This bowl stuff is all so new to the University of Virginia, but the Cavaliers' supporters are acting like they're postseason veterans.

An estimated 12,000 Virginia supporters will be here in Atlanta-Fulton County Stadium Monday afternoon at 3 p.m. when the Cavaliers make their first bowl appearance, in the Peach Bowl against Purdue.

Virginia is even slightly favored, by three points, to win one of the most attractive matchups in years for the Peach, which in Virginia has the Atlantic Coast Conference runner-up and in Purdue the Big Ten runner-up.

It also is a match of opposites. Virginia (7-2-2), with three ball carriers who rushed for nearly 2,000 yards, probably will run three of four times.

The Boilermakers (7-4) have the Big Ten total offense leader, quarterback Jim Everett, who passed for more than 3,000 yards this season.

When last seen, the Cavaliers were giving up a heap of yards in a 45-34 loss to Maryland for the ACC championship.

Purdue's offense probably isn't Terrapin-efficient. But the Boilermakers did beat Notre Dame, Ohio State and Michigan in the same season.

That fact, coupled with this being Virginia's first bowl game, led Coach George Welsh to say this week, "Are we still favored?"

When a group of writers confirmed that the Cavaliers were indeed favored by a field goal, Welsh said, "I don't know what to expect . . . I really don't."

While Welsh is deep into the game plan -- which might include quite a few gambling plays on defense -- it is hard for the players to overlook how far Virginia's football program has come in two years since going 2-9.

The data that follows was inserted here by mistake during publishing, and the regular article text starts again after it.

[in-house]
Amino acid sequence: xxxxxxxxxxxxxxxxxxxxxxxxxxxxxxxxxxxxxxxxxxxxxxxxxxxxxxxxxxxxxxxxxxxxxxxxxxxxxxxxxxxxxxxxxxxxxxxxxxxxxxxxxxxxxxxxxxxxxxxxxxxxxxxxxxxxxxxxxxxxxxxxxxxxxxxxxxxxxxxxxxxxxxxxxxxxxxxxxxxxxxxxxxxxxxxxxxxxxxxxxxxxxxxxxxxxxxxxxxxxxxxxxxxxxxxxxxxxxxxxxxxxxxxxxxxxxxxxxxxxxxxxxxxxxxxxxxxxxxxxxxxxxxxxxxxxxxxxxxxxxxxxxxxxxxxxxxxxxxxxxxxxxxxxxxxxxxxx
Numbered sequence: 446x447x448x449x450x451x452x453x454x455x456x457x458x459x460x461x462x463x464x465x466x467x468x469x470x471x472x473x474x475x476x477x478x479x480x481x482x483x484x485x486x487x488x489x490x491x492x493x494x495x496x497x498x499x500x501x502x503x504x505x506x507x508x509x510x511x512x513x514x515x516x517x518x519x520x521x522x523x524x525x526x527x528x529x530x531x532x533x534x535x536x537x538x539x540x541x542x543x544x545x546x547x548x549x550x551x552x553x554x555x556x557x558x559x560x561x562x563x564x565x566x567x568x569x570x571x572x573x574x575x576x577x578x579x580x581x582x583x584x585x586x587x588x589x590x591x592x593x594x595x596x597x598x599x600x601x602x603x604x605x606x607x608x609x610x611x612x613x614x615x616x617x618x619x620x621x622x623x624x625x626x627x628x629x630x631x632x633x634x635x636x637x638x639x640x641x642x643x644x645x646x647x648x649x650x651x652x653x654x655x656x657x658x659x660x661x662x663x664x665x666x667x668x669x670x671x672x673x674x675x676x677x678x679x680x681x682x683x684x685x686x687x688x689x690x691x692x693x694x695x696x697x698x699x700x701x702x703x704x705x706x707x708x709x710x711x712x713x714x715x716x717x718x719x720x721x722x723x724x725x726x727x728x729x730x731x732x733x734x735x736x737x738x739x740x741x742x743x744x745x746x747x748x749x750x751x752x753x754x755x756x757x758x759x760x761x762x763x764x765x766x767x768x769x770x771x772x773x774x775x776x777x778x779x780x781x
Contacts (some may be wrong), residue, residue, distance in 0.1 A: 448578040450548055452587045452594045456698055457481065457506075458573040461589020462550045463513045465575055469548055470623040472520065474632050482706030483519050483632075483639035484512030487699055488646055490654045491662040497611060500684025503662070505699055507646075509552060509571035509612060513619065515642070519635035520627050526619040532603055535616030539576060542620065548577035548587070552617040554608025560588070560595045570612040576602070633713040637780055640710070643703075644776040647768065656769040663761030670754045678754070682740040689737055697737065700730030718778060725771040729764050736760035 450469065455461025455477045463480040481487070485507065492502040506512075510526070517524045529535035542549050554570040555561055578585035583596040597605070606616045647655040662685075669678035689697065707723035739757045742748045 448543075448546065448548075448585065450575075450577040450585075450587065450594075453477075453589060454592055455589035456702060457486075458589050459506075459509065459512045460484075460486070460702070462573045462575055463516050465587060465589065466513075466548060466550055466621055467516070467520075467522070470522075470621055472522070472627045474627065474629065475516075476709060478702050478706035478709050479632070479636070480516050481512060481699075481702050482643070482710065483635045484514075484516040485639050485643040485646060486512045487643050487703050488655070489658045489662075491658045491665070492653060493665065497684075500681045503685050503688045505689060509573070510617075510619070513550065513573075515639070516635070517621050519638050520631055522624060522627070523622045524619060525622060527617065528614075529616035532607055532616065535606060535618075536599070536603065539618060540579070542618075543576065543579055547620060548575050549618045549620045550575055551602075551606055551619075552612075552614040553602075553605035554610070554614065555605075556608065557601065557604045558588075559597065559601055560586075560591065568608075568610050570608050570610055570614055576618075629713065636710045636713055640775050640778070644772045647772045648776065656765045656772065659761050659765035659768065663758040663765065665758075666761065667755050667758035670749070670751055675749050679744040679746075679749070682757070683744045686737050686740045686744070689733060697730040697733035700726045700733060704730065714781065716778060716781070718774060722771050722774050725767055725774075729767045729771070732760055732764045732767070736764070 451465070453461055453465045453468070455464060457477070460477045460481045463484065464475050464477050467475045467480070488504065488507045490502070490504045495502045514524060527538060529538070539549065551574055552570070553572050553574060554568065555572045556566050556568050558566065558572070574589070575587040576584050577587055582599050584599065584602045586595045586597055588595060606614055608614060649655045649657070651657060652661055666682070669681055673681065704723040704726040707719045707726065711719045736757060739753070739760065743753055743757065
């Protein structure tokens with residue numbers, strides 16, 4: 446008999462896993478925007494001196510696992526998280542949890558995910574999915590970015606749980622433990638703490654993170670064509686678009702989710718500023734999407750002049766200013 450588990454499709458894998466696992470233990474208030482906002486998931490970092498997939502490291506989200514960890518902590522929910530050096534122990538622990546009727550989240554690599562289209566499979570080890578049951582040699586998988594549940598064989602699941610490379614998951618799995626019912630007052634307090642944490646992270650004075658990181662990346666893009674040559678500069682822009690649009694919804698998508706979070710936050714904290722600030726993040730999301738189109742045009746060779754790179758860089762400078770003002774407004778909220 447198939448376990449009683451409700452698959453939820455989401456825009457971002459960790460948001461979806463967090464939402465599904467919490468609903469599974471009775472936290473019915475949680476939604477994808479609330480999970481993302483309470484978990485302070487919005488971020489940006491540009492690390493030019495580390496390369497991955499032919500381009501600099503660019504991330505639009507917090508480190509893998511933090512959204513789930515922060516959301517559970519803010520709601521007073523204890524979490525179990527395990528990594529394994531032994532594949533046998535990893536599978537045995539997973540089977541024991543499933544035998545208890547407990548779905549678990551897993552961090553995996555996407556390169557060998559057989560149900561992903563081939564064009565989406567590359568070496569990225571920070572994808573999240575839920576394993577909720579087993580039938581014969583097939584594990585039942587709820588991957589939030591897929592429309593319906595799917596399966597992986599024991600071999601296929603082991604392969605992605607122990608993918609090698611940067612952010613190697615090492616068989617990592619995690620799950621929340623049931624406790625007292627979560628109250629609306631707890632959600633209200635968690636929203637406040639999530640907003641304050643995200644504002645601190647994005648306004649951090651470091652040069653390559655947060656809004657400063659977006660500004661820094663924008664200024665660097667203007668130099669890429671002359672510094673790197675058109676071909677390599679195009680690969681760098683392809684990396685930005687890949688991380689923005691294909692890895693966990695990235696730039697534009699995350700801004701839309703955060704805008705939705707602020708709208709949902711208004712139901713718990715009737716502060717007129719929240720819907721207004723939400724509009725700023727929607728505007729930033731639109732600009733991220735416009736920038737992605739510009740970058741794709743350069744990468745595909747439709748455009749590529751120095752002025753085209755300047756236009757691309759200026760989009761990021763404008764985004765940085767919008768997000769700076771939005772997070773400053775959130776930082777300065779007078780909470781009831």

"It's like a dream come true," Virginia defensive tackle Tom Kilgannon said earlier this week. "The dream began a couple of years ago when things were going very poorly for us. It became a reality when we walked off the plane and realized we were in Atlanta to play a bowl game."

Defensive back Lester Lyles, from St. Albans School in Washington, D.C., said, "It's a great feeling. The alumni are really pulling for us. There's a lot of history to be made here."

Presumably, Lyles was talking about Virginia's winning. And for that to happen, the Cavaliers will have to contain the Boilermakers' passing game, specifically speedster Steve Griffin, who had 60 receptions for 991 yards.

Virginia would like to play ball-control, with backs Steve Morse, Howard Petty and Barry Word keeping Purdue's offense on the bench as long as possible.

"Working out every day with (teammate) John Ford will help with our coverage on Griffin," Kilgannon said. "Ford has that same kind of speed and quickness. If we can cover him, then, hopefully, we can do the same against Griffin.

"(But) it would be stupid to concentrate only on Purdue's passing game, and let our defense against the run slip.

"If we allow them to run the ball, it's going to be a long day for us. They seem to be predominantly a passing team, but they have quick backs."

Welsh didn't sound as if he is expecting Purdue to do much running. "They'll probably call 40 passes and wear down our defensive linemen," Welsh said, in his usual pessimistic pregame assessment.

The only teams that were able to wear down Virginia during the regular season were Clemson, in the first game of the season, and Maryland, in the regular-season finale.

The best thing going for Virginia might be Welsh's impatience. Before the season, he said a new coach should turn the corner in his third year. The Cavaliers apparently have already done that. Welsh would like to make it official here Monday.

More than 50,000 tickets have been sold for the game. In an effort to sell all 60,000, Peach Bowl officials announced that the person who buys the final ticket will be awarded $10,000.